This document represents MiningWatch Canada’s submission on the Terms of Reference for the Regional Assessment on the Ring of Fire Area, in response to the Impact Assessment Agency of Canada's "Information Sheet: Planning the Regional Assessment in the Ring of Fire Area." Key conclusions:
- Indigenous Governance: We support the centrality of Indigenous governance in the Regional Assessment process for the communities most affected and the downstream communities on the impacted watersheds of Attawapiskat, Winusk, Ekwan and Albany Rivers. Useful guidance for the Agency for creating space and opportunity for this to happen is found in Gibson (2020) and Scott, Atlin et al (2020).
- Boundaries: The regional boundaries for the Regional Assessment must be determined by natural ecosystems and Indigenous traditional use, not by mining interests. The decision defining the “region” for the Regional Assessment must be made by the Indigenous people and their governments. The Regional Assessment will also have to explicitly consider the effects of existing and potential flows of people, material, energy, and money in and out of those catchments. For example, the impacts of the three roads currently in EA, and the proposed development of a chromite mining industry including a smelter in Sault Ste. Marie (or elsewhere), need to be included in assessing Ring of Fire mining impacts.
- Sustainability and need and purpose: The work of the Regional Assessment has to be centred on questions of the sustainability of the natural systems in the region for many generations, and the long-term health of the Indigenous people who live there, based on the WHO Determinants of Health. This requires serious consideration of the need and purpose of the Ring of Fire mining development from the perspective of healing and sustaining the ecosystem, not helping the mining industry. Guidance may be found in Seven Steps to Sustainability, developed by the Mines Minerals and Sustainable Development project in 2002.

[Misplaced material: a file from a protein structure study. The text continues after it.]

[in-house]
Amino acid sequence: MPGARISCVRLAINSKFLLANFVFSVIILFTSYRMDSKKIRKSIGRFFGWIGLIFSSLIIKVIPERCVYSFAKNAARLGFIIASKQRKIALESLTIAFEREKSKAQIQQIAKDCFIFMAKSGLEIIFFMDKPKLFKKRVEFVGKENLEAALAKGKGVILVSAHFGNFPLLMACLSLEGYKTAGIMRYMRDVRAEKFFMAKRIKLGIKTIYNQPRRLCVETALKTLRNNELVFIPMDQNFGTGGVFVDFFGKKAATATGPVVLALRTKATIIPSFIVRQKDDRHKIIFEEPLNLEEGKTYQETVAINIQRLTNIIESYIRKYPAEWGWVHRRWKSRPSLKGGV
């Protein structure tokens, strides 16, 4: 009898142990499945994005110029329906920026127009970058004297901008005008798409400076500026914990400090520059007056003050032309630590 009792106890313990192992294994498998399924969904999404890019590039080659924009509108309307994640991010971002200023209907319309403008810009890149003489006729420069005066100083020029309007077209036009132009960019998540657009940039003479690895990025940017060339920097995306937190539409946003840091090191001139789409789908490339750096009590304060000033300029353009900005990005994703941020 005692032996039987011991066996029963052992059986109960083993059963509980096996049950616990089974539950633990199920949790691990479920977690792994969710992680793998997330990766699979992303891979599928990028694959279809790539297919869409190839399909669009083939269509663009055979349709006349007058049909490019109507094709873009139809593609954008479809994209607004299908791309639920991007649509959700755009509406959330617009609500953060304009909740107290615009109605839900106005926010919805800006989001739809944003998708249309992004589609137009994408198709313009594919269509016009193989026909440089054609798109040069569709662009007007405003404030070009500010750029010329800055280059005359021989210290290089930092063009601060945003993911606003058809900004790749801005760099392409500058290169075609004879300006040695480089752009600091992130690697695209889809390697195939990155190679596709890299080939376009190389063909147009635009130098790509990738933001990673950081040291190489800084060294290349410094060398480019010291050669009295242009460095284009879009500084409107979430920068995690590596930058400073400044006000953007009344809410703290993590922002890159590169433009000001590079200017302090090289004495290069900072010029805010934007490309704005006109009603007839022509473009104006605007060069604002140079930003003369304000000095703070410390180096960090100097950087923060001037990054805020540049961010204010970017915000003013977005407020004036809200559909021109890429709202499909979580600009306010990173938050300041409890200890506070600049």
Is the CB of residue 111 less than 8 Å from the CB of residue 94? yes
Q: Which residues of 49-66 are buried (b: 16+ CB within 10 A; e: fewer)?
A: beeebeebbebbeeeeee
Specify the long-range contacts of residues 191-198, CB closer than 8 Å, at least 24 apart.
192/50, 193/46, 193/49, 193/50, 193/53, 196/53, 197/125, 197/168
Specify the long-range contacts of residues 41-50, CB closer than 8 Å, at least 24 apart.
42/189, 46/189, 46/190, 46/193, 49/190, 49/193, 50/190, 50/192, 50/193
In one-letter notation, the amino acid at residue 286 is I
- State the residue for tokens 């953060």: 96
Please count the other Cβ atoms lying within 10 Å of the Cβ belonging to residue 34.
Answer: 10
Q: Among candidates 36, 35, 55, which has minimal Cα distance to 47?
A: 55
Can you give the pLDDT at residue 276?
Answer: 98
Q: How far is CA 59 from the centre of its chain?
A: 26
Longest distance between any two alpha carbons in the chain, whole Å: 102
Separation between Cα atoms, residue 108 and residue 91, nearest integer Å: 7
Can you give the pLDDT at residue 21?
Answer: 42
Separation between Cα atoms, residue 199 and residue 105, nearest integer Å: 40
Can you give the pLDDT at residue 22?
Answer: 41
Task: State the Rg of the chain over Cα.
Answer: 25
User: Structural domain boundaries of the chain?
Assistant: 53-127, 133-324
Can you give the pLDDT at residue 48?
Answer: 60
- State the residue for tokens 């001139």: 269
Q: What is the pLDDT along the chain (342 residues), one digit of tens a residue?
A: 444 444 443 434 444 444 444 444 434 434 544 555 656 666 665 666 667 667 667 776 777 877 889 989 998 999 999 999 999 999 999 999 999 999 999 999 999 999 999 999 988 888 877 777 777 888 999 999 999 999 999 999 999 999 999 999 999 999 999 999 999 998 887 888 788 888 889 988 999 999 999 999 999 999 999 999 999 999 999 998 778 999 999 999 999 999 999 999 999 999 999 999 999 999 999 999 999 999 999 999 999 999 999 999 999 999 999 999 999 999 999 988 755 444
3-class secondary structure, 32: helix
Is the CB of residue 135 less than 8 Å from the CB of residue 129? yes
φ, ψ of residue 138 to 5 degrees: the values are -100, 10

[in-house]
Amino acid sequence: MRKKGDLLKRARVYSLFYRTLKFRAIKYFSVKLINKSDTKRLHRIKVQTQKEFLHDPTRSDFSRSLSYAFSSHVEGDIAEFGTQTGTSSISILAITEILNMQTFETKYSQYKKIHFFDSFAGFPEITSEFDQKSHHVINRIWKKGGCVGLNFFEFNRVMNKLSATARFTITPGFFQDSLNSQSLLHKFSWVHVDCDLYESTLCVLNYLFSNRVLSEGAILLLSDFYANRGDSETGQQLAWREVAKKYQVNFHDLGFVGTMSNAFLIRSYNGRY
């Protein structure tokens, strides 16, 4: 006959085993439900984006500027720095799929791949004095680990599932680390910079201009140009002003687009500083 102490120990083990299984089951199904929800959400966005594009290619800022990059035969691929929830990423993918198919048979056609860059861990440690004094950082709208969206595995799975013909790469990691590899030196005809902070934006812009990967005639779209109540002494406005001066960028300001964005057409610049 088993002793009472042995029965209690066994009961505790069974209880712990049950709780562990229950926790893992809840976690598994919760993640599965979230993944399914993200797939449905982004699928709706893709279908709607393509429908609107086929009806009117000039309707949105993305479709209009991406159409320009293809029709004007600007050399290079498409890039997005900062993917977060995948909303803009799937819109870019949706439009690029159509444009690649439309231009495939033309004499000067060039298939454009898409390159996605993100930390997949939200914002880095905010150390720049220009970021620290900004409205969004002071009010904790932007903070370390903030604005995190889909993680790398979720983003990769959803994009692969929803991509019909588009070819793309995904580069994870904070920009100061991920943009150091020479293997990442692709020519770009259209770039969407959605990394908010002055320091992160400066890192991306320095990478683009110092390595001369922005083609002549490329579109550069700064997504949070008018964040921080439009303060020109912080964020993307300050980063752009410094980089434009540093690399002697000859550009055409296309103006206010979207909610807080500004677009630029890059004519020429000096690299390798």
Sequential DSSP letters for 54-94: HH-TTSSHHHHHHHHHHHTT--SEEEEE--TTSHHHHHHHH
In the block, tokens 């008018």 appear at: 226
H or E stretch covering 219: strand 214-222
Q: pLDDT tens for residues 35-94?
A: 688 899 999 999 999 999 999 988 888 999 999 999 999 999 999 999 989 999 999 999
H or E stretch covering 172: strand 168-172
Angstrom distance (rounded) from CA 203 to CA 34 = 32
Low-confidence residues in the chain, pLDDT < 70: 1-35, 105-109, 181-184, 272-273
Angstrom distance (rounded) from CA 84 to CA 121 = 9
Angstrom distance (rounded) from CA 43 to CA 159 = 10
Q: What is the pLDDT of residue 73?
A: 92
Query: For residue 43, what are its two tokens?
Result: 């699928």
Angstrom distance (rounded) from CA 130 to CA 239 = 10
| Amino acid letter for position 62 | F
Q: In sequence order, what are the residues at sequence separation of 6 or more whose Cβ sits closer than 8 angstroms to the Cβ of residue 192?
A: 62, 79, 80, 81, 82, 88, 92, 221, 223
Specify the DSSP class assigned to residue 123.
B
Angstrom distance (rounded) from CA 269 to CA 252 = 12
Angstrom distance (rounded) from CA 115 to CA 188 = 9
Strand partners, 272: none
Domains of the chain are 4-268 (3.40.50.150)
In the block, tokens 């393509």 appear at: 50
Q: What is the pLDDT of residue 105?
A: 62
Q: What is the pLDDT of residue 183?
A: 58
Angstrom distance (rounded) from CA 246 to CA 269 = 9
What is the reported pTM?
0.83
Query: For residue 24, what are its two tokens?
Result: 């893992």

- Historical and current effects of mining in the region: The Regional Assessment has to investigate past and current effects of mineral development in the region, including the extent and impacts of claim staking under the Ontario Mining Lands Administration System and the principle of Free Entry, exploration impacts, and effects on communities of mining promotion and hype. A follow-up case study of the only recent mine in the region, the Victor Diamond Mine (2008-2019), comparing predicted to actual outcomes and assessing its impacts, is essential to a realistic Regional Assessment.
- The Ring of Fire scenarios: The Regional Assessment will have to consider many scenarios for possible Ring of Fire development, including a no mining option. We suggest a matrix for scenario development that includes factors to consider for all scenarios, some suggested scenarios for Ring of fire development over time, and questions for evaluating the scenarios.
- The Capacity of Regulators to Protect the Environment: There will be serious and long-reaching difficulties for governments to protect the environment and to honour its relationships with Indigenous Peoples in the face of a major extraction project such as the Ring of Fire. This section raises concerns that the Terms of Reference should address.